In chapters 8-11 then, we have the sounding of seven trumpets by seven angels in the same sequence as with the seals - four, then two, then one. And we don’t have the time to go into the same kind of detail with these visions as we did with the seven seals, but they describe again the same general types of destructions as the prior ones. This time, though, John uses imagery similar to the plagues that Moses called down on Pharaoh, the Emperor of his day, in trying to gain the freedom of the people of Israel in that time. Do you see the pattern here? John compares the treatment of Israel now, under the Roman Empire, to that of the people then under the Egyptian Empire, and as the prophets John borrows from described it under the Assyrian and Babylonian empires. And John records a vision of storms and earthquakes, and “something like a great mountain, burning with fire, and thrown into the sea,” that reads almost exactly like descriptions of the volcanic eruption of Mt. Vesuvius in southern Italy about 15 years earlier. 
   He also envisions a plague of giant, armored locusts that attack the oppressors of the people for five months, which is, coincidentally or not, the lifespan of normal locusts in nature. And then he sees an army of two hundred million horsemen cross the Euphrates River. And important in understanding this vision in historical context is that the Euphrates River constituted the eastern border of the Roman empire, beyond which was that massive Parthian army suggested by the white horse and bow wielding horseman we talked about earlier.

   And again, we must remember that the objects and the events seen in a vision are not physically real. Like the valley of dry bones in Ezekiel and the sheet with animals lowered to Peter in Acts, they were perceived in a trance. Things seen in a vision are not physically present. Neither are they descriptions of real events, or even predictions of future occurrences - they’re symbols of or code for real time occurrences. The intention is not to fix the reader’s thought on the symbol, but upon the idea that the symbolic language is meant to convey.

   As dire as the imagery is, the intention of the symbolic sounding of the seven trumpets is not to inflict vengeance; after all, much of what is described are the results of choices that humanity has made in its misuse of entrusted power. Rather, it’s to call the people to repentance, to change their hearts, thus changing their minds, and leading to a change in action or behavior.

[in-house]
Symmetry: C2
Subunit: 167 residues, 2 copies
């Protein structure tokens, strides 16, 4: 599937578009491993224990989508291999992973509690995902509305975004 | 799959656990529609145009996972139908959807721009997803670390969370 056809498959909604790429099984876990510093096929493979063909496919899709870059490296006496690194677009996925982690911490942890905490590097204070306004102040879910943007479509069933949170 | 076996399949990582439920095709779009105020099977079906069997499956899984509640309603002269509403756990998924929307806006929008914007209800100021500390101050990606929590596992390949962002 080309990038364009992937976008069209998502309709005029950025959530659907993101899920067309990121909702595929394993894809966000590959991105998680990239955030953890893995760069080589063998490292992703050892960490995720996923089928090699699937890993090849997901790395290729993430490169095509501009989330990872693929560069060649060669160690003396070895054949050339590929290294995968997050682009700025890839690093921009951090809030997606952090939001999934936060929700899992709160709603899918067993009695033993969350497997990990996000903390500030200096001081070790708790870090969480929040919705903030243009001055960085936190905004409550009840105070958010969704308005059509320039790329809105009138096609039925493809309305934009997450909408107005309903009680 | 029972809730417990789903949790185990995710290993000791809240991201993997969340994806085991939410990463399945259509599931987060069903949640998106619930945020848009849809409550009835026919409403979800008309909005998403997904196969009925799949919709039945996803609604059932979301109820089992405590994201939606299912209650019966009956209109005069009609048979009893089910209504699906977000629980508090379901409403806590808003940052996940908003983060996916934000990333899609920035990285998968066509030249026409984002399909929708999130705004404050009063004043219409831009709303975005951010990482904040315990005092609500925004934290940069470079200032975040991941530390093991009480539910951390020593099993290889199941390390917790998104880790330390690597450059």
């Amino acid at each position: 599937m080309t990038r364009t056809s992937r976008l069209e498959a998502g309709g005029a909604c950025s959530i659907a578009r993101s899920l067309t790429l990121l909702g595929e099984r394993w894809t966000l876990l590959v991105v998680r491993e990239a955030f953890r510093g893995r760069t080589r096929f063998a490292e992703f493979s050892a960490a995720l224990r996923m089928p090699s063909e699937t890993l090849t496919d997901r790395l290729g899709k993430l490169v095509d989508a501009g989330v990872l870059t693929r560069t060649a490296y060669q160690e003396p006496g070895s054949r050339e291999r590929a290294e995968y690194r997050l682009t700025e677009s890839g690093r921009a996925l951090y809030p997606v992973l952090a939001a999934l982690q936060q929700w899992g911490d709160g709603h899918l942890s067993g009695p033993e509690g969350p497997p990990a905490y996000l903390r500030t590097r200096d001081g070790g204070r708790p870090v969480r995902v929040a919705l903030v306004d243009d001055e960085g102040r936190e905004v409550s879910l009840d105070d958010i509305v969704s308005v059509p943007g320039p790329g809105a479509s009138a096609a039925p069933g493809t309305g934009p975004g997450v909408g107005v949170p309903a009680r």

And one would think such imagery would be enough to bring people to repentance, but we know two thousand years later that that was not and is not the case. And John thus identifies the sin to which humanity clings so tenaciously as idolatry. In John’s time this involved emperor worship as well as pagan worship, but whatever form it takes in any age, the worship of, or the placing of anyone or anything, real or symbolic, on the same level as God is always, always the greatest sin. 

   Between the sixth and seventh trumpets, there’s a pause. We anticipate a final, destructive sequence in which all that remains is perhaps destroyed in a storm of fire and brimstone. But in John’s vision he sees “another mighty angel coming down from heaven, wrapped in a cloud, with a rainbow over his head” - meaning he’s clothed with God’s power and mercy. And this angel carries another, smaller scroll, that he instructs John to eat, that is to “read…and inwardly digest,” so that he can then make it known to “many peoples and nations and languages and kings.” 
   And then, in a blur of images and symbols tossed about as though in a blender, in one of the most perplexing sections of the entire book, we find symbols referencing Old Testament prophecy and history. John references the Jerusalem temple and its altar, Moses and Elijah, the wild olive trees and the lamp stands seen in Zechariah, the plagues sent upon Pharaoh in Exodus, the tyrant predicted by Daniel, and even Egypt and Jerusalem. And as Metzger suggests, perhaps the most that can be said of this section with confidence - as many people interpret it in many different ways - is that “[John] views the people of God as bearing faithful testimony, but also as suffering pain and persecution and indignity. They are delivered,” he suggests, “not from martyrdom and death, but through martyrdom and death to a glorious resurrection.” Not everyone will survive the persecution they face at the hands of empire, this suggests, - then or now - but there is hope for all in the promised resurrection.  
   This section of the book closes with the sounding of the last of the seven trumpets. What is startling is that what follows is so utterly unlike anything that the other trumpets announced. Instead of more volcanic eruptions, locust invasions, or fire-breathing monsters, there’s an outburst of rejoicing in heaven. John hears the heavenly chorus celebrating victory. The twenty-four elders celebrate God’s assumption of power from those who have misused and abused it. And John sees a new vision of divine glory: “God’s temple in heaven was opened,” revealing the ark of the covenant, the sign of God’s presence with God’s people.

   And this would seem like a good place to end the book, with all the people in heaven and on earth singing Kum Ba Yah, holding hands, and buying each other metaphorical Coca-Colas. If John had finished here, it would seem a proper ending. But instead he goes on for eleven more chapters, returning to earlier stages and repeating some previous teachings, confirming once again the non-chronological nature of apocalyptic literature, and showing once again that the sequence in which John’s visions are presented does not allow us to turn the book of Revelation into an almanac or time chart of the last days.